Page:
My family has often been awakened in the middle of the night by spine-tingling screams coming from the forest because I live right in the middle of the woods in southeast Pennsylvania.

With the exception of the far north, barn owls are widespread in the United States. The areas they prefer for foraging are forests, groves, cliffs, towns, farms, and of course, barns. Their average territory is 740 acres. Young Barn owls start looking for a partner around Halloween and prefer to hunt at night. Their rasping cry, which draws a suitor, is appropriate for the time of year.

OK, rattlesnakes don’t scream, but people often do when they see one. These venomous snakes are found in almost every part of the continental United States. These predators live in a wide range of habitats, hunting prey such as rodents and birds. The loud rattling noise made by the rattle at the end of a rattlesnake’s tail deters predators and serves as a warning to humans. Rattlesnakes rarely bite unless provoked or threatened. The venomous bite is seldom fatal if treated properly and promptly.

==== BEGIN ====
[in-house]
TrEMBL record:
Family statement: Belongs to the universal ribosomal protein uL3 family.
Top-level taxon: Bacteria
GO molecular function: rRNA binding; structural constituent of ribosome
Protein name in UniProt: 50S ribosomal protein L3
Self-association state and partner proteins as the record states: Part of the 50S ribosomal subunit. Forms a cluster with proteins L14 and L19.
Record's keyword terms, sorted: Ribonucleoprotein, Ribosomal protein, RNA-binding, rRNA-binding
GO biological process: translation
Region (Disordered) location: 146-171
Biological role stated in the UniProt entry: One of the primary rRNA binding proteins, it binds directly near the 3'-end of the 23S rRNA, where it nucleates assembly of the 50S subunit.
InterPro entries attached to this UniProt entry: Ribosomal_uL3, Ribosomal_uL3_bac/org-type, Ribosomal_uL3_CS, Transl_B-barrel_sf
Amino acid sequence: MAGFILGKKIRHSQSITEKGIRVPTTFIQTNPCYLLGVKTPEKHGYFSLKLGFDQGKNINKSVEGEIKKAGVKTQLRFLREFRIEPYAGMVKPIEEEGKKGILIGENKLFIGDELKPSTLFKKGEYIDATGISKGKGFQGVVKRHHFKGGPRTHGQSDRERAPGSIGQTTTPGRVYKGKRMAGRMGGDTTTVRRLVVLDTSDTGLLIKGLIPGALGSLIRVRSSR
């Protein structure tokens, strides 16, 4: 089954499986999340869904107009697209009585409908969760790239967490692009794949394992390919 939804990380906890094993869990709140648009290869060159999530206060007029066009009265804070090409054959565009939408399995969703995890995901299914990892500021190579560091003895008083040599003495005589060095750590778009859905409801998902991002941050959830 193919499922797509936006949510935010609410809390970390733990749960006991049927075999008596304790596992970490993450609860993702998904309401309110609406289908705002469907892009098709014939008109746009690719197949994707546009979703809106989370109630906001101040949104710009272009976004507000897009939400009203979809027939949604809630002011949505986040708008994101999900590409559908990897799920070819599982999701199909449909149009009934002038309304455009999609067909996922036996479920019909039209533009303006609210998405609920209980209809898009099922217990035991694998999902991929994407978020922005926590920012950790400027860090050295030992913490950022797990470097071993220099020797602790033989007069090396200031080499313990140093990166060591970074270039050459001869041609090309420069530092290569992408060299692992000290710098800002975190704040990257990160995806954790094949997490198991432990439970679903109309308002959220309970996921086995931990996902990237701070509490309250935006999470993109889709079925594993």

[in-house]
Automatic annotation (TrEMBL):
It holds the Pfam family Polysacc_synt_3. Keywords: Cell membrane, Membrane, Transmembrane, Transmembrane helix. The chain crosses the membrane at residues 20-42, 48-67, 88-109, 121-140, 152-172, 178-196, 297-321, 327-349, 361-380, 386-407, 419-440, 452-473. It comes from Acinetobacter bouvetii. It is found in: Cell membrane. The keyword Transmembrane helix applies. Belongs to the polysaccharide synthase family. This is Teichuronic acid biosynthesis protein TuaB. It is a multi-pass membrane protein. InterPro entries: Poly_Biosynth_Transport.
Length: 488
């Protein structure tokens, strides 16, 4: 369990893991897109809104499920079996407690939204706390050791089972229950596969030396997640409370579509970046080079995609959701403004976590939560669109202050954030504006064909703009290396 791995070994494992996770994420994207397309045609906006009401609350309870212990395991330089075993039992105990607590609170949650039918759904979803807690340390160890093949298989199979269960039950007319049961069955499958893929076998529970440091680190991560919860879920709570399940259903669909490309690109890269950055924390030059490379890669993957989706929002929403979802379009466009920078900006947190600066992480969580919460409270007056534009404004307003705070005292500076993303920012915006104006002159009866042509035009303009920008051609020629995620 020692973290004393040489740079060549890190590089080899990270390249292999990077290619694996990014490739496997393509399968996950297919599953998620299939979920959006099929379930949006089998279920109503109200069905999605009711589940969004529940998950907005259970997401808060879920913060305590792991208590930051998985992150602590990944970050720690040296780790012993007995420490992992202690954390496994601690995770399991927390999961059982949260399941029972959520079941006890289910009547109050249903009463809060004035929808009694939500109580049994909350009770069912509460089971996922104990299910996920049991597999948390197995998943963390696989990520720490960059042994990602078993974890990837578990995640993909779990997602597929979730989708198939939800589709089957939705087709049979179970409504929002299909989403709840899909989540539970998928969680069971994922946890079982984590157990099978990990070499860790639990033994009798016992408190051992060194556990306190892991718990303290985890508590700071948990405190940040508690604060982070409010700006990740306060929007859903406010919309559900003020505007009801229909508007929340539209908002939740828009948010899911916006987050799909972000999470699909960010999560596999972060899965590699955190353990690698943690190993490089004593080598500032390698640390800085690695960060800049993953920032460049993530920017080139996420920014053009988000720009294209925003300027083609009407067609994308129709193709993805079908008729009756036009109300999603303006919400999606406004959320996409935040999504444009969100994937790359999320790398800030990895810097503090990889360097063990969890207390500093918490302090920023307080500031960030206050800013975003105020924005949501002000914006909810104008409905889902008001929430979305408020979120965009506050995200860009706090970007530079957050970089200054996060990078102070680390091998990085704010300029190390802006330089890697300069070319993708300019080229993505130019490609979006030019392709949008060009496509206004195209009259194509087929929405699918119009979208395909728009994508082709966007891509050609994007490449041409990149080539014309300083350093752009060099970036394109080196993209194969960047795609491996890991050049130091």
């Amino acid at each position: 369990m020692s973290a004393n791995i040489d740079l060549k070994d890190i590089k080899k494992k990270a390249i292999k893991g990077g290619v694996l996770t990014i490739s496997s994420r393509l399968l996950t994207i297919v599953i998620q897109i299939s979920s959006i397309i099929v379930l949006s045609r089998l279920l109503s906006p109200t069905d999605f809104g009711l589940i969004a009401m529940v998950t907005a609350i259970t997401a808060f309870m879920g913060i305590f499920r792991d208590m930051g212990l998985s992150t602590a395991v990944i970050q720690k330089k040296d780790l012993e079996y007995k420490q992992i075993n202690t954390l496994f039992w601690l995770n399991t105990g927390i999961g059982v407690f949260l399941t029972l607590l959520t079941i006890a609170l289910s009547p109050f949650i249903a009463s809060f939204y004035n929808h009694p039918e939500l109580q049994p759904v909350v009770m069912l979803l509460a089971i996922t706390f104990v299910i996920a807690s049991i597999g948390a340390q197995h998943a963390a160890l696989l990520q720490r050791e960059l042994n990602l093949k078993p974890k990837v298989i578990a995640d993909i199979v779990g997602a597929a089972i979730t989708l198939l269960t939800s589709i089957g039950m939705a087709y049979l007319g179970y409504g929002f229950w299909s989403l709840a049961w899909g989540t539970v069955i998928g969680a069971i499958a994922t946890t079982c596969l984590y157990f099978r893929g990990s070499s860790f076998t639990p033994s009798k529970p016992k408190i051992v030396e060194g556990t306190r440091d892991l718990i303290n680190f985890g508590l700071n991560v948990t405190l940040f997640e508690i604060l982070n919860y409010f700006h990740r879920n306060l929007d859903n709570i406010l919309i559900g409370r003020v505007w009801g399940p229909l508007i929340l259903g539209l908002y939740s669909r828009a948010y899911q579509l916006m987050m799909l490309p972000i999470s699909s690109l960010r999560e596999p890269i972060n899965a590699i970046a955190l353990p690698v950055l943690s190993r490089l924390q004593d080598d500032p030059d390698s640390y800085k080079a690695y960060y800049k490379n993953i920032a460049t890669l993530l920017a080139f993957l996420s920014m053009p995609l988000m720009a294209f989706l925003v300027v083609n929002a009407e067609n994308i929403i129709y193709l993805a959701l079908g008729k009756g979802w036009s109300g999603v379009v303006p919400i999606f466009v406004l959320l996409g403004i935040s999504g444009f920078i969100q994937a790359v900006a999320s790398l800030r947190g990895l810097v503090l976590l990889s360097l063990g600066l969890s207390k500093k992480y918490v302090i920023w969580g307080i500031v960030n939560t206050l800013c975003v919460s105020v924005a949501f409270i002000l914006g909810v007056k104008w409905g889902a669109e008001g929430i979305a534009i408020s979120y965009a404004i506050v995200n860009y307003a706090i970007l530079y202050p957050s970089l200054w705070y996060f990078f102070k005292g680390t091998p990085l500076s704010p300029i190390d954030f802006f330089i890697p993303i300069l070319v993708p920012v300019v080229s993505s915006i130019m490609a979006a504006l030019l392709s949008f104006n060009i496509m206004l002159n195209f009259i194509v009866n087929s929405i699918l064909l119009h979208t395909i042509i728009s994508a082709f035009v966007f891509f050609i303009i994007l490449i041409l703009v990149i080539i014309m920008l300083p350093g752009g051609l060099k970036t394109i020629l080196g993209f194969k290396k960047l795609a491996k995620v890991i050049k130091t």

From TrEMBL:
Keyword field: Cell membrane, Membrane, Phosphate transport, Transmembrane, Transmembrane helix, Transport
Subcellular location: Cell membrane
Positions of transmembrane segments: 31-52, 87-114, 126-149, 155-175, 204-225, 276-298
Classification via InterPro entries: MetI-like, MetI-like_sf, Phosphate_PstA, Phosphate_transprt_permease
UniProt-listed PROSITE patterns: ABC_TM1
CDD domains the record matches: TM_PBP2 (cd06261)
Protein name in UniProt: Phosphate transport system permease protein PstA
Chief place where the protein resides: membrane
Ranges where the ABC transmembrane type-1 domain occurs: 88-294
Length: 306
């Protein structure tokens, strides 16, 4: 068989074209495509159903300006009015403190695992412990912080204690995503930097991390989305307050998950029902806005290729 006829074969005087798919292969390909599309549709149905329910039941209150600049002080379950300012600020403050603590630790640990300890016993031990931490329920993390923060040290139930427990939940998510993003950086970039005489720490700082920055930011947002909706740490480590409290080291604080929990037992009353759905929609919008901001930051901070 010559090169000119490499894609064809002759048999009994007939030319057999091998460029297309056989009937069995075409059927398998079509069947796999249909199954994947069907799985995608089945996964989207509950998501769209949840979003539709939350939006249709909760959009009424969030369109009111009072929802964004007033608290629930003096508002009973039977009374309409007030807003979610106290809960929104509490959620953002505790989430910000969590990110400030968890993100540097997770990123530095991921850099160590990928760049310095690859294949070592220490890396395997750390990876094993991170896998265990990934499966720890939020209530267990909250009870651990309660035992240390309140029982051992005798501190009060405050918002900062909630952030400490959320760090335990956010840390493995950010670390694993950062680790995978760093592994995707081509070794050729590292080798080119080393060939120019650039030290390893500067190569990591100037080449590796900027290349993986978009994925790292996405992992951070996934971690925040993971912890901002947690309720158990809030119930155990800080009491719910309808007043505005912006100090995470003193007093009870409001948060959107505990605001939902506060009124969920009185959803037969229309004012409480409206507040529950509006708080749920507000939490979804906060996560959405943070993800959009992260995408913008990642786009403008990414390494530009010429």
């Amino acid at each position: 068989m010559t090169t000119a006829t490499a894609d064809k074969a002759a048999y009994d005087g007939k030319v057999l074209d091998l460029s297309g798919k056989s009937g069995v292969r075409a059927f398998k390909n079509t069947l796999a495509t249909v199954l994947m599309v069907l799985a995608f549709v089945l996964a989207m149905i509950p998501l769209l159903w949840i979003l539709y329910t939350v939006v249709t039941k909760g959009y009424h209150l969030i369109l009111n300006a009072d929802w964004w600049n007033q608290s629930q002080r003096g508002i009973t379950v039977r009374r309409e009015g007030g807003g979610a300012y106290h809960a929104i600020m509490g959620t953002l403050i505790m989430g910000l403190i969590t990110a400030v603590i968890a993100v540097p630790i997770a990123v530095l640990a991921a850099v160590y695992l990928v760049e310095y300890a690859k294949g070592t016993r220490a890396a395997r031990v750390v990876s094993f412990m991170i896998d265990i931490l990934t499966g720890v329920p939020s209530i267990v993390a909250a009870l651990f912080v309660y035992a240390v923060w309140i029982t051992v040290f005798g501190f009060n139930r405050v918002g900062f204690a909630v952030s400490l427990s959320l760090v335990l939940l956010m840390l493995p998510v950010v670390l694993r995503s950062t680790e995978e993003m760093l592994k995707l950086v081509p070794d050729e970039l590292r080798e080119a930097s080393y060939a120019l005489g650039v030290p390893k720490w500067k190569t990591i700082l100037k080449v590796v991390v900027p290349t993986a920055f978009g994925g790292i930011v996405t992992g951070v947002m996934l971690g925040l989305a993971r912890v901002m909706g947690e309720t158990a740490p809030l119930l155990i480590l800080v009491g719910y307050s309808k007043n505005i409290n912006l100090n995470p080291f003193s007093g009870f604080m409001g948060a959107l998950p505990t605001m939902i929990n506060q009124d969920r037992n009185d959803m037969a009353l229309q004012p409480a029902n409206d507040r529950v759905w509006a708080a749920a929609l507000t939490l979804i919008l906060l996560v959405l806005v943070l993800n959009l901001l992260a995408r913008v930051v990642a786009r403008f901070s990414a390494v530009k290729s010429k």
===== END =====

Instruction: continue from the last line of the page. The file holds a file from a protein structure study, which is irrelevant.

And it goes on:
Although goats don’t actually live in the woods, if you’re enjoying one of the increasingly popular farm stays that offer camping, you might hear one of these furry creatures snoring away while attempting to get some rest and start to question if you booked the wrong place. Goats’ hilarious range of screams is another reason we had to include them. Goats use bleating as a form of communication. They may also use vocalizations to express hunger, thirst, injury, or to alert the herd to danger.

These mostly solitary nocturnal marsupials native to the West Coast, Midwest and Eastern United States may make a host of sounds when other possums are around – or when cornered by a lawnmower in the garage – including screeches, grunts, growls, hisses and chatters. A possum’s high-pitched scream usually occurs when possums are fighting or threatened.